It seems only natural that the globally celebrated Iranian-born photographer and filmmaker Shirin Neshat — who has spent a lifetime revealing the injustices between classes and genders, mostly in Islamic societies — would eventually turn her iconic kohl-lined eyes toward the same discrepancies in her adopted home country, the United States.
The result — released earlier this year — is the Land of Dreams exhibition, a poignant and at times satirical two-part video installation on the hopes and desires of America’s marginalized masses, in particular, people of color in New Mexico, one of the poorest states. Neshat, who was named the most important artist of the decade by Huffington Post critic G. Roger Denson, included communities of immigrants (mostly Latino), African-Americans, and the Native American population.
And while she was filming Land of Dreams, Sophie Chahinian of The Artist Profile was filming her.
It all came together at Guild Hall in A Conversation on The Making of Shirin Neshat’s Land of Dreams on Sunday, October 18, at 5:30pm, featuring both Neshat and Chahinian on the John Drew Theater stage, interviewed by Guild Hall’s Executive Director Andrea Grover, recorded with all of the proper COVID-19 protocol in place.
The Making of Shirin Neshat’s Land of Dreams by Sophie Chahinian runs 25 minutes, and is part of the one-hour Guild Hall event, which focusses on Neshat’s life as an immigrant artist, the art world, and how it has changed in the current climate.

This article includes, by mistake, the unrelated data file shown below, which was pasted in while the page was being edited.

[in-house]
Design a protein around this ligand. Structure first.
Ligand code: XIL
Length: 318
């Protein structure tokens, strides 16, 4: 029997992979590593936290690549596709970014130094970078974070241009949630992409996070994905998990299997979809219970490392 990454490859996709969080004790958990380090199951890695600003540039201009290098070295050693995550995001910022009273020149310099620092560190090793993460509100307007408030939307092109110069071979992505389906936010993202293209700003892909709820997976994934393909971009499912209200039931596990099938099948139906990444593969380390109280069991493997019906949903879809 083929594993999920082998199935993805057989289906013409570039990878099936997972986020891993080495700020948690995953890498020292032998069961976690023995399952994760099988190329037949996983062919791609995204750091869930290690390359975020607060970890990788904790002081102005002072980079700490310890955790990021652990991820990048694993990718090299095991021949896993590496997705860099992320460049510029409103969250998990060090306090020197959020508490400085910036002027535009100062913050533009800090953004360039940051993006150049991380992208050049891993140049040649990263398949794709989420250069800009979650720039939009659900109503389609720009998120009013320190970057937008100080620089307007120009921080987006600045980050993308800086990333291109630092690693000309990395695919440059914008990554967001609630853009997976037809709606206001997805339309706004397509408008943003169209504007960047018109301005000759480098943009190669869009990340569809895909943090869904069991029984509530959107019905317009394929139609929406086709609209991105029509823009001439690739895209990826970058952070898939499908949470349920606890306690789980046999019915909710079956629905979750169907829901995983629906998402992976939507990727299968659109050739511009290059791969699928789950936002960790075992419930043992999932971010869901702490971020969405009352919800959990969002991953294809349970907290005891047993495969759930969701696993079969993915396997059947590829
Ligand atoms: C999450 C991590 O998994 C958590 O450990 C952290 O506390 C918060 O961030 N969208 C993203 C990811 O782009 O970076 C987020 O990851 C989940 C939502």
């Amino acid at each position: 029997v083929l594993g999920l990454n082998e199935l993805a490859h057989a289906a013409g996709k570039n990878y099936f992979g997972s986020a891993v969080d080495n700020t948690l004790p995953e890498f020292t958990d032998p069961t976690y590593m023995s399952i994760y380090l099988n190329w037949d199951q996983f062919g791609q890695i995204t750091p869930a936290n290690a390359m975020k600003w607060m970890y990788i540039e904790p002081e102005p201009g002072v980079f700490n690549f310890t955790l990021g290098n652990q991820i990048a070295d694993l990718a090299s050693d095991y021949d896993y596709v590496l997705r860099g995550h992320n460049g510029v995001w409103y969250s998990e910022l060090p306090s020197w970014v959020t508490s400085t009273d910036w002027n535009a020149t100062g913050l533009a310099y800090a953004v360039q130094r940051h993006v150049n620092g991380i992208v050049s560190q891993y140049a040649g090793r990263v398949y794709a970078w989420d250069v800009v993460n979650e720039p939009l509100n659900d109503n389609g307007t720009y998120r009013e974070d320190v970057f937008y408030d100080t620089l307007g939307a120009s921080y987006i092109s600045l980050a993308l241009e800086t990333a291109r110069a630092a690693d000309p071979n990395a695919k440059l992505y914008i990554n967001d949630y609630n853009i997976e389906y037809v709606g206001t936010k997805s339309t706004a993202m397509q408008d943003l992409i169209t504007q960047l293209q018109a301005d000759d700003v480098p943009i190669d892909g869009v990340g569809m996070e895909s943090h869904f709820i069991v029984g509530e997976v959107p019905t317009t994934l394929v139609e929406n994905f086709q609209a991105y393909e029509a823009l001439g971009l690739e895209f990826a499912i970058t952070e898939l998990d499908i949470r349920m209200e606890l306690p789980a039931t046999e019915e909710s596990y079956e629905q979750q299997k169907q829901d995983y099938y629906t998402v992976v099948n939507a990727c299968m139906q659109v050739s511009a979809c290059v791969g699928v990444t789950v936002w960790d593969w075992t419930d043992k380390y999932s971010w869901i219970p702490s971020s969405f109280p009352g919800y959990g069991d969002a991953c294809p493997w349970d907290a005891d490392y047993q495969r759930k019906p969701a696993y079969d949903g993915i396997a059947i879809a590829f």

“Recently I realized that part of the reason I never worked in America, even though I lived in this country, was that I never assimilated completely . . . as an Iranian-American, I still felt like an outsider,” Neshat admitted during the interview on stage at Guild Hall. “I never allowed myself to make a narrative about America, until today.”
Grover is uniquely positioned as a presenter, not only because of her relationship with Guild Hall, but as the founder of Houston’s Aurora Picture Show when she was only 27.
“Initially, Sophie had wanted to do a profile of Shirin Neshat for The Artist Profile Archive. Instead, Shirin invited her on-location to shoot a behind-the-scenes, making-of documentary. Shirin Neshat is probably one of the most renowned living artists. It was a huge honor to have her at Guild Hall and to interview her,” Grover said.
Chahinian’s film was included as part of the public programming of Neshat’s major exhibition Shirin Neshat: I Will Greet the Sun Again at the Broad Art Museum, October 2019 through Feb. 16, 2020. The documentary provides an alternate perspective on Neshat’s process and intention. Key members of the Land of Dreams film team provide insightful commentary about the personal and political backdrop to the surreal videos as they were being created.
“Shirin Neshat is an artist whose work I have admired for years,” said Guild Hall’s Museum Director Christina Strassfield. “Her use of herself and other female characters in her art as well as behind the scenes in the creation of her films has always fostered an innate feeling of female empowerment. As a first generation Greek-American, I truly could relate to the issues she put forth on immigration, acceptance, and assimilation, and what each of those cost to you as the individual. Her films juxtapose the ethereal and gritty reality of life, and the play between them, as well as the psychological back and forth.”
Of The Artist Profile’s founder, Strassfield added, “Sophie Chahinian is an amazing filmmaker who is doing excellent work documenting artists of every level and letting them speak in their own voice. The films that are part of The Artist Profile Archive will have a lasting effect and be an asset for generations to come. The Making of Shirin Neshat’s Land of Dreams is by far Sophie’s best work. She was able to capture Shirin’s energy and passion and have it come across in her own voice.”